A tale of two cities _ bangkok and yangon face off as AEC 2015 nears
The coming formation of the Asean Economic Community will see a major influx of foreign workers and while the Thai capital's market is thriving, Myanmar's economic hub wins in affordability, if not quality
Southeast Asian countries will become a single economic community in 2015. As people in each of these countries will be able to move around freely and work or live in any other member nation, there will be a direct impact on the property market in the industrial, office, retail and especially residential sectors.
Residential demand is expected to be particularly strong to accommodate an influx of workers, particularly in condominium units. These are the best choice for foreigners as they are safe, have supporting facilities and easy access, maintenance fees are lower than houses and they are most suitable for one or two people. But as 2015 has not yet arrived, property markets in most countries still focus on local buyers, with the exception of Malaysia and Singapore. Myanmar is also becoming very interesting at the moment as foreign investors are looking for opportunities there to either expand existing businesses or start new ones.
The condominium market in Bangkok has become fashionable during the past decade, especially in city areas along the mass-transit lines. Local demand is very strong, with more than 90% of all purchasing power from Bangkok, especially since 2009 because the economic crisis and subsequent weak recovery in Europe and the US have affected foreign investment.
Most condominiums in Bangkok focus on local buyers but there are some luxury properties hoping for foreign buyers, as the unit price is too high for many Thais. The price range considered affordable for local buyers in Bangkok is up to five million baht for a unit sized from 22 to 40 square metres, or between 50,000 to 85,000 baht per sq m for a one-bedroom unit.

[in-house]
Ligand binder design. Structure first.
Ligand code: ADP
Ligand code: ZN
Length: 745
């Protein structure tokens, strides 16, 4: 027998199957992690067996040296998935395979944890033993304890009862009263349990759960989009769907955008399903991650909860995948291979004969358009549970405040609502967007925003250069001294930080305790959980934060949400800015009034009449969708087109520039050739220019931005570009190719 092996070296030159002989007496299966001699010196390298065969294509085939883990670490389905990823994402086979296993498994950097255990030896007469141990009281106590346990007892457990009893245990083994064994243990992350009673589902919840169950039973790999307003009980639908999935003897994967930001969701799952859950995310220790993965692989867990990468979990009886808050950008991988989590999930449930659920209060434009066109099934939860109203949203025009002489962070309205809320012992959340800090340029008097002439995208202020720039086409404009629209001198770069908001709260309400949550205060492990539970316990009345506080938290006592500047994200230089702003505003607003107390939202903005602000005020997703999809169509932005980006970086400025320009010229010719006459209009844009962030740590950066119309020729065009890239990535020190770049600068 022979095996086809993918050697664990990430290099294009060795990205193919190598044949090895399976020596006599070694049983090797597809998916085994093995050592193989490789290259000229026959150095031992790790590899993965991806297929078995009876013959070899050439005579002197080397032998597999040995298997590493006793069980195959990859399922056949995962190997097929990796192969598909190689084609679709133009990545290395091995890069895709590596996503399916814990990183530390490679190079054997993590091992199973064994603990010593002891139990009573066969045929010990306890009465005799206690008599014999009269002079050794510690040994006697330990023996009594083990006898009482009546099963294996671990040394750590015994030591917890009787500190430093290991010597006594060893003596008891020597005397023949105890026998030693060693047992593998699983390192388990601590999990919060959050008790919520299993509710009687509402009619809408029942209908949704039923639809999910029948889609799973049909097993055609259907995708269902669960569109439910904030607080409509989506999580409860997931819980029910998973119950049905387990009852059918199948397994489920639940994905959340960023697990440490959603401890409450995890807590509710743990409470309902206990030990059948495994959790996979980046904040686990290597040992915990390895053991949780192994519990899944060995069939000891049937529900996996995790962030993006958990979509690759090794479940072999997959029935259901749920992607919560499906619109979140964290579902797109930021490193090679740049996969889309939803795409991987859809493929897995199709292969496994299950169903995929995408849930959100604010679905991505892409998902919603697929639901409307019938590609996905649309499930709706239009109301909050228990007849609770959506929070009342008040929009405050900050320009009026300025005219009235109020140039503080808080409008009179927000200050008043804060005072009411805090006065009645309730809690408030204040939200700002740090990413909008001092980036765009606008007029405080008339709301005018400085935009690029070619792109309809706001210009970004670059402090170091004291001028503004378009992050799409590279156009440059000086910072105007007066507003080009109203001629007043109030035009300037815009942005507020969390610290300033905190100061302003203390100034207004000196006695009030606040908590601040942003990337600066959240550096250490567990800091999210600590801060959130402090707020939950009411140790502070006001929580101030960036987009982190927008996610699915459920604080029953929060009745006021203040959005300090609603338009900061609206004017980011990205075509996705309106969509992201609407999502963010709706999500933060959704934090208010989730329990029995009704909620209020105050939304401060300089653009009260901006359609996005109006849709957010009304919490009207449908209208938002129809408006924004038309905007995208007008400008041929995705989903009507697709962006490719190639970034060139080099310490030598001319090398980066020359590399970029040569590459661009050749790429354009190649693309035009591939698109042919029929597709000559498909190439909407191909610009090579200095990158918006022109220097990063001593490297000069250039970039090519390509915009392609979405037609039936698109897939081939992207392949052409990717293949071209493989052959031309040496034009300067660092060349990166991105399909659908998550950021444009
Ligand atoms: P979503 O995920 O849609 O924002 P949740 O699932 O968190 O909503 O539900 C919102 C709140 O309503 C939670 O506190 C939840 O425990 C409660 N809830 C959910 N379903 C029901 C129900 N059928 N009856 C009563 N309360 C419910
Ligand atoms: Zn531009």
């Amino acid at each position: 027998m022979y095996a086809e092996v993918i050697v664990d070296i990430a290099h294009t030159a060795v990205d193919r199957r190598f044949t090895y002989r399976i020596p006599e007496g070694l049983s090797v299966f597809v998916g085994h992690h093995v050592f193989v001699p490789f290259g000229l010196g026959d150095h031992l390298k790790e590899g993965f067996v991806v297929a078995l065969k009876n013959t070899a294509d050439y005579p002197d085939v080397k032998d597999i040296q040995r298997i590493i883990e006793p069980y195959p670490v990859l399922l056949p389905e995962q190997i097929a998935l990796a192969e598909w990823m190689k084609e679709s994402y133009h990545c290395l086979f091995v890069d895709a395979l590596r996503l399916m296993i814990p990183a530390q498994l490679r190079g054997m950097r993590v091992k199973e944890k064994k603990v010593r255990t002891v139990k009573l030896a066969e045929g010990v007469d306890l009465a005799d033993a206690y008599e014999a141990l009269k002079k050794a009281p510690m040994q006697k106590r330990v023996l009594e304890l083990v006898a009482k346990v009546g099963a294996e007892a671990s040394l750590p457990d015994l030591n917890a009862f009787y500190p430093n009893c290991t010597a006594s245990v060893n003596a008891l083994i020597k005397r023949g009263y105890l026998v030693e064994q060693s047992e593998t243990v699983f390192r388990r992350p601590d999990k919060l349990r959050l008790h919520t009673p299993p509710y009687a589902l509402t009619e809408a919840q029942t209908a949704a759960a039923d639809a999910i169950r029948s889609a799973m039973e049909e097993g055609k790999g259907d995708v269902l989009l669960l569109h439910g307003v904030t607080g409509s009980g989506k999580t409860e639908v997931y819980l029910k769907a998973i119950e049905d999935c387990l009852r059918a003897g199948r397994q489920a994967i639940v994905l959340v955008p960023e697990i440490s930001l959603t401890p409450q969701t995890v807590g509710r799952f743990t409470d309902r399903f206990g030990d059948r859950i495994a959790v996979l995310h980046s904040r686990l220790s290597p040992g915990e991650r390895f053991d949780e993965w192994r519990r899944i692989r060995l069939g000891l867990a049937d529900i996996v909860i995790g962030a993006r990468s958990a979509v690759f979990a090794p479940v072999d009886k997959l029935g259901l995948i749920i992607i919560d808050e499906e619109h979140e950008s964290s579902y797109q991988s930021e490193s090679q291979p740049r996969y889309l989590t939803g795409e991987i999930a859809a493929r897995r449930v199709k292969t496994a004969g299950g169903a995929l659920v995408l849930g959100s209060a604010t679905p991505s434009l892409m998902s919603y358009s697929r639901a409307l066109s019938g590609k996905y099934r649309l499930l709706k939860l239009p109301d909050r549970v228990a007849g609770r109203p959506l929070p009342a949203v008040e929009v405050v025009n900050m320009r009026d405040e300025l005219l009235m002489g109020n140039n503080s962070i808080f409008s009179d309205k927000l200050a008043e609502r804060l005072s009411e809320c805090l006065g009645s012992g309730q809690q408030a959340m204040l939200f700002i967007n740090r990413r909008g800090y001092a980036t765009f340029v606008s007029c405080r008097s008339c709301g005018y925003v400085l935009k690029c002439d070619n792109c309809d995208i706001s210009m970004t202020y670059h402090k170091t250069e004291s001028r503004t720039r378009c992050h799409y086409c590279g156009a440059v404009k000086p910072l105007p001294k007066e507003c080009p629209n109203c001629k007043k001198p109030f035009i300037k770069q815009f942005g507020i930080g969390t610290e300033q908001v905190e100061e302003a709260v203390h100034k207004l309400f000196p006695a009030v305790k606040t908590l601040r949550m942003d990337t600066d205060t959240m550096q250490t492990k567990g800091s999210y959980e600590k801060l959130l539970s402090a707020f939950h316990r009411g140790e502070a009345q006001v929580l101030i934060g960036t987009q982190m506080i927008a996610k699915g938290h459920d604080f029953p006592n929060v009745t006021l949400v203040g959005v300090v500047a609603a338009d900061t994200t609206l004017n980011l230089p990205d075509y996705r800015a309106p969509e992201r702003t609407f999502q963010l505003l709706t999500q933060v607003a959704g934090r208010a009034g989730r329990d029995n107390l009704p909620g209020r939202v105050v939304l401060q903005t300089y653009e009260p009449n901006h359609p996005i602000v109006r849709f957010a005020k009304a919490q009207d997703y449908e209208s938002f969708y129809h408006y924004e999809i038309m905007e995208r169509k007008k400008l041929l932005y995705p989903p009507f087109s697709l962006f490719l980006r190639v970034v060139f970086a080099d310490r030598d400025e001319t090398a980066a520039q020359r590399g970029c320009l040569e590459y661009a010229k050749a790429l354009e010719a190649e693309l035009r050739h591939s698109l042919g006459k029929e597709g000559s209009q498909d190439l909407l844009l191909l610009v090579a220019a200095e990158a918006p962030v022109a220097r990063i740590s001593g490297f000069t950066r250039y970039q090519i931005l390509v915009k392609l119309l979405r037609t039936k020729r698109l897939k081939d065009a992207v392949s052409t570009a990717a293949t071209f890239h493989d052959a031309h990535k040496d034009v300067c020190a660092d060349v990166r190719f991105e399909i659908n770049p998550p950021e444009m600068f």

Despite the heavy focus on city-centre locations near the BTS and MRT, more than 60% of all condominiums are located in suburban Bangkok away from the mass-transit system, as land prices along these lines have become very high, especially in the past three to four years. Many developers like to keep their selling prices below three million baht to attract local buyers, so locations close to a BTS or MRT station are out of the question. Developers prefer launching new projects on a main road or on roads that can connect to existing or new mass-transit lines.
The average take-up rate of newly launched units in the first half of this year was about 50%, similar to the average at the same time last year. In the first quarter of this year, more than 55% of all newly launched units were sold. Sales dropped a little in the second quarter as developers were waiting for some of the vagueness in the new Bangkok Town Plan to be cleared up. As well, there were some condominium projects unable to start construction despite being completely sold out. The other reason for the slowdown is that there are still many available units on the market, giving buyers more choices and an option to wait for new projects. Condominium projects in suburban Bangkok have been showing a higher take-up rate than in the city area, especially along the new BTS extension line.